Motoring: Short-lived Sonata worth it?
The current Hyundai has two months left in its shelf life, but is it worth buying?
Korean car firm Hyundai had launched an updated, nicely improved version of their popular Sonata sedan for the 2014 model year, just a few months ago. However, shortly after launching it, Hyundai decided that they will scrap all their recent work, and offer its customers an all-new Sonata for the 2015 model year.
The car you see here, which has been on sale for less than a year, is to be consigned to the history books. Will this limited production run make this model eligible for a collector car status in the future?
Even Hyundai's PR rep said that likely won't happen, so there is no point buying one of these to just put away in a time capsule, and try to sell it for a profit in 30 years time, because it probably won't be worth much.
However, if you're in the market for a mid-size sedan, should you buy one now to use as a daily commuter?
The visual changes are minimal, but look harder and you'll find them. There is a new front apron, nicer looking skirting, rounding up to those gorgeous new LED tail lamps.
The big story with the 2014 Sonata is the upgrade on technology. It finally gets the Driver Selectable Steering Mode (DSSM), which lets you choose the steering weight of your choice (Normal, Comfort, or Sport). For models equipped with the navigation system, a larger eight-inch touch screen lets you control many functions. Put the car in reverse and that screen turns into a backup camera, which now features lines that move with your steering angle, making parking the car easier.
There is also a new blind-spot monitoring system, which not only alerts you if a car is sitting in the unseen spot, but will also alert you if a car is fast approaching you. I found this to be very useful and will hopefully keep you on the road safely.
Powering you forward is still a choice between three engines; the base model gets a 2.4-litre, fourcylinder motor that produces 190 hp (you apparently get two extra horses with the SE model). Next up is the Hybrid model, which gets an electric motor, powered by lithium-ion batteries. When the electric motor is combined with its 2.4-litre, four-cylinder gas engine, the combined power output is 199 hp.
The model I tested was the 2.0T, which as you can probably guess, comes with a 2.0-litre, four cylinder, turbo charged motor, which produces a very healthy 274 hp and 269 lb-ft of torque. Despite the turbo charged motor, Hyundai has tuned this motor to run on regular gas, and those numbers are based on 87 octane. That means this mighty turbo sedan will be economical to run.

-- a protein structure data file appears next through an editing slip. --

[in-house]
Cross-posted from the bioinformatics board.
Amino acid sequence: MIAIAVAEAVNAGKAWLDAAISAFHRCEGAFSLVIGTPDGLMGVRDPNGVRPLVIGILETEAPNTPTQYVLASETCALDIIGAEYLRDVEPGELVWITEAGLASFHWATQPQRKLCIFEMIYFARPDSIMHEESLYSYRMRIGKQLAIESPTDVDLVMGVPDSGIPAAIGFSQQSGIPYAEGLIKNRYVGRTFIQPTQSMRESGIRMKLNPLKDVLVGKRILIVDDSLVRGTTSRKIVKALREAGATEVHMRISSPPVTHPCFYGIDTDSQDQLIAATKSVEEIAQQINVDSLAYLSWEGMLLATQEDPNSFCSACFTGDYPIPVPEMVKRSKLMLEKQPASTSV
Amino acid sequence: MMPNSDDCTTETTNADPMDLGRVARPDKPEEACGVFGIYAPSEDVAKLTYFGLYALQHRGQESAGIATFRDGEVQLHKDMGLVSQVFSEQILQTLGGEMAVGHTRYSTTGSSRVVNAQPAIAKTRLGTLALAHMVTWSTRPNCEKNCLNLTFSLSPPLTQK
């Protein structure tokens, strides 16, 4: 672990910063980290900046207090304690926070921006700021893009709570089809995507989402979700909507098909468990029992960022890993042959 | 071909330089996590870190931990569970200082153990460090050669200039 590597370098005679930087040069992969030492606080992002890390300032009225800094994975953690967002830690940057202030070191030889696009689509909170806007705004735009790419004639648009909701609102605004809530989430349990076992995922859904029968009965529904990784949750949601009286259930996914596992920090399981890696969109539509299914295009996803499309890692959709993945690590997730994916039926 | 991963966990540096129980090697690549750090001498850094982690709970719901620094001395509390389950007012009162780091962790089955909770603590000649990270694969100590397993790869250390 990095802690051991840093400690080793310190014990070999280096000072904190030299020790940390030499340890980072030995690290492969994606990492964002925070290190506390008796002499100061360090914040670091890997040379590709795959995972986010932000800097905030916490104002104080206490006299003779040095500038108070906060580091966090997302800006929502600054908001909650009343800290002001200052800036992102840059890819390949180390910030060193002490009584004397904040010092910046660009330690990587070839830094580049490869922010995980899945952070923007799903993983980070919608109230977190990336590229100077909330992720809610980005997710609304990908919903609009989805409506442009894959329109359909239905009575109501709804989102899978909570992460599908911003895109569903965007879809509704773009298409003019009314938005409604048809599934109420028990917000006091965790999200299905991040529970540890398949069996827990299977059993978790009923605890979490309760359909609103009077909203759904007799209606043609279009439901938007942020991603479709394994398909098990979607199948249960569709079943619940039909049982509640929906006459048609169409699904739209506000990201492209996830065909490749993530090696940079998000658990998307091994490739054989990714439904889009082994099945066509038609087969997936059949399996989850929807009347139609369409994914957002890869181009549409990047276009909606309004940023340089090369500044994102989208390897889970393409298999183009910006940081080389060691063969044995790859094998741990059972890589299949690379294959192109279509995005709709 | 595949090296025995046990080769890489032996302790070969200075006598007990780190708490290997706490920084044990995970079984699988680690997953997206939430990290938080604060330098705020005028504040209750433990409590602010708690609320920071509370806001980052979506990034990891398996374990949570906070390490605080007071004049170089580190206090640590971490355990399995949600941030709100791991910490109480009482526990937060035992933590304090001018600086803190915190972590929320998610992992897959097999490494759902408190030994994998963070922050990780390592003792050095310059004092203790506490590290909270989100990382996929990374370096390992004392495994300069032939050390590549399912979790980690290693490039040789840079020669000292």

How economical will depend on your right foot. In a wintery week, I averaged 9.4-litres/100km, which is not bad, but not great either. I would like to point out that my tester was wearing winter tires, which have a higher rolling resistance to regular rubber, and also because cold mornings are much worse than warm ones.
The only transmission offered on this model is a six-speed automatic with steering wheel mounted pedal shifters. This is a smooth transmission, and when asked upon, quite quick too. One of the best gearboxes in its class if you ask me.
Thanks to its turbo power, this is a quick car (zero to 100 km/h in under 7.0 seconds), but it doesn't encourage you to drive it quickly. Try driving it fast, and it'll remind you that underneath it still has an econo-car chassis, and the suspension is not tuned for high speed motoring. Best then to settle down and enjoy its comfortable ride.
As a practical family car, the Sonata fares well. It might not be exciting to drive — not even in its Turbo guise, nor will it massage your back while you cover ground, but it does what many of us want it to do most of the time.
Pricing for the 2014 Sonata start at $23,999. The 2.0T version lists at $31,799. For what you get, the pricing is not bad at all.
However, if you don't like this current model, just wait two months and the all-new 2015 model will be upon us.